The University of South Carolina is conducting a research study to learn about the Fragile X premutation. The focus is on the range of language, social, and cognitive features that may be associated with variation on the FMR1 gene.
About the Research Study
Who can participate?
Women who are carriers of the Fragile X premutation, aged 35–75 years, may be eligible to participate.
What will happen in the study?
If the individual qualifies and decides to be in this research study, participation will take about 4 hours and will take place at the University of South Carolina or in a quiet room in the participant’s home, depending on participant preference. All travel expenses are covered by the project.
Participation will involve:
- Answering questions and completing assessments about cognitive, language, and social styles, and preference and family experiences.
- Providing a genetic sample (cheek swab) to index FMR1 gene variation.
What are the good things that can happen from this research?
We hope our results will help us learn how to better support families who have a child with Fragile X and individuals who carry the Fragile X premutation.
What are the bad things that can happen from this research?
There is minimal risk associated with participation. Participants may experience mild fatigue or frustration while completing study activities; breaks will be offered as needed.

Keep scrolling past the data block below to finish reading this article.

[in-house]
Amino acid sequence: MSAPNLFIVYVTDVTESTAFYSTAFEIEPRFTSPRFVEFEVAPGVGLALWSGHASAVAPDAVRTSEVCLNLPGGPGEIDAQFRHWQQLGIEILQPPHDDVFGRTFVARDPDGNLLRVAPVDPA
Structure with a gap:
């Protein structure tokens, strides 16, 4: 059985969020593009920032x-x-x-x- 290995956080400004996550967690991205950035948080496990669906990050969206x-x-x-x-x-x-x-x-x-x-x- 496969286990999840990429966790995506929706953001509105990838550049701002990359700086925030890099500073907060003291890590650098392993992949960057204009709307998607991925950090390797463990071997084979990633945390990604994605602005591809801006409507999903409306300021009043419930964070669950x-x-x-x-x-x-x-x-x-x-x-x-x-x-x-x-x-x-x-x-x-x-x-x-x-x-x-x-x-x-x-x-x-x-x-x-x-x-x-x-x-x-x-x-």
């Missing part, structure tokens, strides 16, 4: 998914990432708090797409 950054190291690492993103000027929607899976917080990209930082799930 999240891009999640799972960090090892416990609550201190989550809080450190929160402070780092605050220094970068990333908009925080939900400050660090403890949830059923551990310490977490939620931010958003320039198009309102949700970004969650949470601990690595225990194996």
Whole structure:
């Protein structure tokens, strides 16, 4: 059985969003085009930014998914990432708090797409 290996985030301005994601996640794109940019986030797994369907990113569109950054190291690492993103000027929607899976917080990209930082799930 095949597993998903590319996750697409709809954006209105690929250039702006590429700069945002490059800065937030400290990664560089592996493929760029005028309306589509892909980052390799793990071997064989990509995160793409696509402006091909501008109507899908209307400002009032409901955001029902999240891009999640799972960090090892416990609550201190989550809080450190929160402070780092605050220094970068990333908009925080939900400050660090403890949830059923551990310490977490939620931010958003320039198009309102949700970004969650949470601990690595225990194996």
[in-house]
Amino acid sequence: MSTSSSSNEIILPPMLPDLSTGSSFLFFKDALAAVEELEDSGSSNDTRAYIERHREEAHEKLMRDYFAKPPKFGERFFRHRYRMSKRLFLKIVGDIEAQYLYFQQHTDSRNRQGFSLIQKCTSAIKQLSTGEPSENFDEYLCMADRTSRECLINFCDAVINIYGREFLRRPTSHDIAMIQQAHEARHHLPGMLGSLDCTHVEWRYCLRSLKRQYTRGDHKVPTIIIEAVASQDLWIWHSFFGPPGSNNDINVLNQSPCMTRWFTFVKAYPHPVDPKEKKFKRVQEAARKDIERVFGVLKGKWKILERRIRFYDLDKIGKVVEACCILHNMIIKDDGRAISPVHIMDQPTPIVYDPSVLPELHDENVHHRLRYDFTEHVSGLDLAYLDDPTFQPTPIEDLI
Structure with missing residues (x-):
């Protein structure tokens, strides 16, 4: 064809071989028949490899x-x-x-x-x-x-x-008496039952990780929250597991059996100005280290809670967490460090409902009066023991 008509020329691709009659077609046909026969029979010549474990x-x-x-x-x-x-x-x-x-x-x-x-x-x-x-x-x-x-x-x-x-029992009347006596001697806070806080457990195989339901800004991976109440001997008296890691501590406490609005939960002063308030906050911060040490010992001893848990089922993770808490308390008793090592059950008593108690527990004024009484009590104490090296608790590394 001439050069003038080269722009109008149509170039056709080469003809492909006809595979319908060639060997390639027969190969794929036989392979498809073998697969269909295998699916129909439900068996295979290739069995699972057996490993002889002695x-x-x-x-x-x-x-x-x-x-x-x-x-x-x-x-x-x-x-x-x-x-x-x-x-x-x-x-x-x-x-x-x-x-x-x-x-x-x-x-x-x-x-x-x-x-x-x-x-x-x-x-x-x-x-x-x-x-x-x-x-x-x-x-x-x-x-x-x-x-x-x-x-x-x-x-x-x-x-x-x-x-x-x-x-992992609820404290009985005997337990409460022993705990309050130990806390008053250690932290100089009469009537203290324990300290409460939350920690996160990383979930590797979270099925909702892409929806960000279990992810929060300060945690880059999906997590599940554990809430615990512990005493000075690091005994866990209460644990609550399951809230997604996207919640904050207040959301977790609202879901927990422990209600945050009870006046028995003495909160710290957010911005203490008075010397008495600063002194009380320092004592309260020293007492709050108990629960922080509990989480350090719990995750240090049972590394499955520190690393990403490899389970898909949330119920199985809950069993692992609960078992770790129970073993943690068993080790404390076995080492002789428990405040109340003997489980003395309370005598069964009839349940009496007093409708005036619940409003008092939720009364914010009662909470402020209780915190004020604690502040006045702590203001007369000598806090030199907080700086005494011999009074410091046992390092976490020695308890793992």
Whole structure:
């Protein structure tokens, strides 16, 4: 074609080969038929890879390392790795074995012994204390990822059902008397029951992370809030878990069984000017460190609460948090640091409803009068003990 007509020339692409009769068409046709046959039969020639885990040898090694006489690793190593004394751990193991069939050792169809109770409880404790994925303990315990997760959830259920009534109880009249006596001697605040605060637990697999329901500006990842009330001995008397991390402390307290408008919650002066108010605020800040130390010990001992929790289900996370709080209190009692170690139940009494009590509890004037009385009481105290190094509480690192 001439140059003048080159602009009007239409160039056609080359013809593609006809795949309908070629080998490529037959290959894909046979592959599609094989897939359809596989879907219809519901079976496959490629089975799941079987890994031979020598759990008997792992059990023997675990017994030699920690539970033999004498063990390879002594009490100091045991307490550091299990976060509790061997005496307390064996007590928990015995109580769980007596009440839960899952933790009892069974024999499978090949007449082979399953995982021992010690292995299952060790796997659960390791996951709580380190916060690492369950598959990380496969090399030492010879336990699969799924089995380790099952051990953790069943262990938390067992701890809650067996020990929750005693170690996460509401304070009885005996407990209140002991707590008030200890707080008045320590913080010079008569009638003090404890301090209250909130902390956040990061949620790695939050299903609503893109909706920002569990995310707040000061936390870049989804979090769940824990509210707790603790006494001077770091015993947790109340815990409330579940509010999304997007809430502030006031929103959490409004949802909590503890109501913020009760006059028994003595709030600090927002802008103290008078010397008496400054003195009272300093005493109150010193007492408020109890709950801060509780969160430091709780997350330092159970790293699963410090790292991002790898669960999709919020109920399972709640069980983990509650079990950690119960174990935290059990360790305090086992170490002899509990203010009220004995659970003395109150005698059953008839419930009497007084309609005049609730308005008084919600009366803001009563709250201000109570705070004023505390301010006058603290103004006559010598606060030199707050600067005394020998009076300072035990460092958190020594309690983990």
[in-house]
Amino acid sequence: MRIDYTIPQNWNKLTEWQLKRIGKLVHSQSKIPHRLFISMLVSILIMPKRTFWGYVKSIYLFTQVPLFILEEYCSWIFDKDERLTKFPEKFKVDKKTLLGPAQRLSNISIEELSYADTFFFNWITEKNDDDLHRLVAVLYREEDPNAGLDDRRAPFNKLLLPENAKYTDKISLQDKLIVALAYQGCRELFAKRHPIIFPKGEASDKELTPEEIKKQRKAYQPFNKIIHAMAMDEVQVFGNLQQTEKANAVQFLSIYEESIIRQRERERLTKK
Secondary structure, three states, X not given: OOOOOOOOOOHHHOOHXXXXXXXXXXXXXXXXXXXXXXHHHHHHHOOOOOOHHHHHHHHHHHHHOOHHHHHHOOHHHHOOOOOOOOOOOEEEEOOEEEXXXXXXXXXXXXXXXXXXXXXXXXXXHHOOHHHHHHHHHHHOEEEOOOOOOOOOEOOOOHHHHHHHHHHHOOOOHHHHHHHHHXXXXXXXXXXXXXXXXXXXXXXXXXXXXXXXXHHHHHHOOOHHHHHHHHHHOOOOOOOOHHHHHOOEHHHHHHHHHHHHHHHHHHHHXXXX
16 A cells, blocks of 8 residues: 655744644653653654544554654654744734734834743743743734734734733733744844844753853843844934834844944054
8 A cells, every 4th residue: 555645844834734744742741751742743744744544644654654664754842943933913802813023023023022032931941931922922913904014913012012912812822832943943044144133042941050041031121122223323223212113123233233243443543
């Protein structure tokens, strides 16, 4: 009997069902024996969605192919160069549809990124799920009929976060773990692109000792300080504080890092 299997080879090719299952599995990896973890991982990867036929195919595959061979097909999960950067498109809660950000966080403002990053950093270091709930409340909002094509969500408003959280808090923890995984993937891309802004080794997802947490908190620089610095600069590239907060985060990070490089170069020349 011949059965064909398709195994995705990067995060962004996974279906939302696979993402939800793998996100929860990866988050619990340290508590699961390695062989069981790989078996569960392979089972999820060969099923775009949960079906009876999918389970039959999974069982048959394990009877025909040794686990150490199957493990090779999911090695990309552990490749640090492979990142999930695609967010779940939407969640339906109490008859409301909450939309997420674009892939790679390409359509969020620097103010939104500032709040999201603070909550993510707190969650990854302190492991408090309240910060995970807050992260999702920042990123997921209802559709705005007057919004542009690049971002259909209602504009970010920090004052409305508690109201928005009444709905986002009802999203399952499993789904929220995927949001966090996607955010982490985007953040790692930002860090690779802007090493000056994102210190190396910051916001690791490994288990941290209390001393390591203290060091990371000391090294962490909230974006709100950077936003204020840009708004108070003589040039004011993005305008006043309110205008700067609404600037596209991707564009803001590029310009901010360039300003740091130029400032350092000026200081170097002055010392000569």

Will I be paid to be in this research study?
Participants receive $50. Travel reimbursement may be available for eligible families.
Our Most Recent Opportunities
The Research in Neurodevelopmental Disabilities Lab at the Waisman Center at the University of Wisconsin-Madison is looking for parents of male or female children 6 to 17 years old with Fragile X syndrome for an online survey.
RTI International and the University of North Carolina at Chapel Hill are conducting an early intervention study to learn about the best ways to support early development in infants identified with the full mutation of Fragile X. Babies 0–9 months old with the full mutation, and their caregivers, may be eligible to participate.
Doctors at Rush University are researching cognition, balance, and walking patterns in people who carry a premutation in the Fragile X (FMR1) gene.
The University of South Carolina is conducting a research study focusing on the range of language, social, and cognitive features that may be associated with variations on the FMR1 gene. Women age 35-75 who are carriers of the Fragile X premutation may be eligible to participate.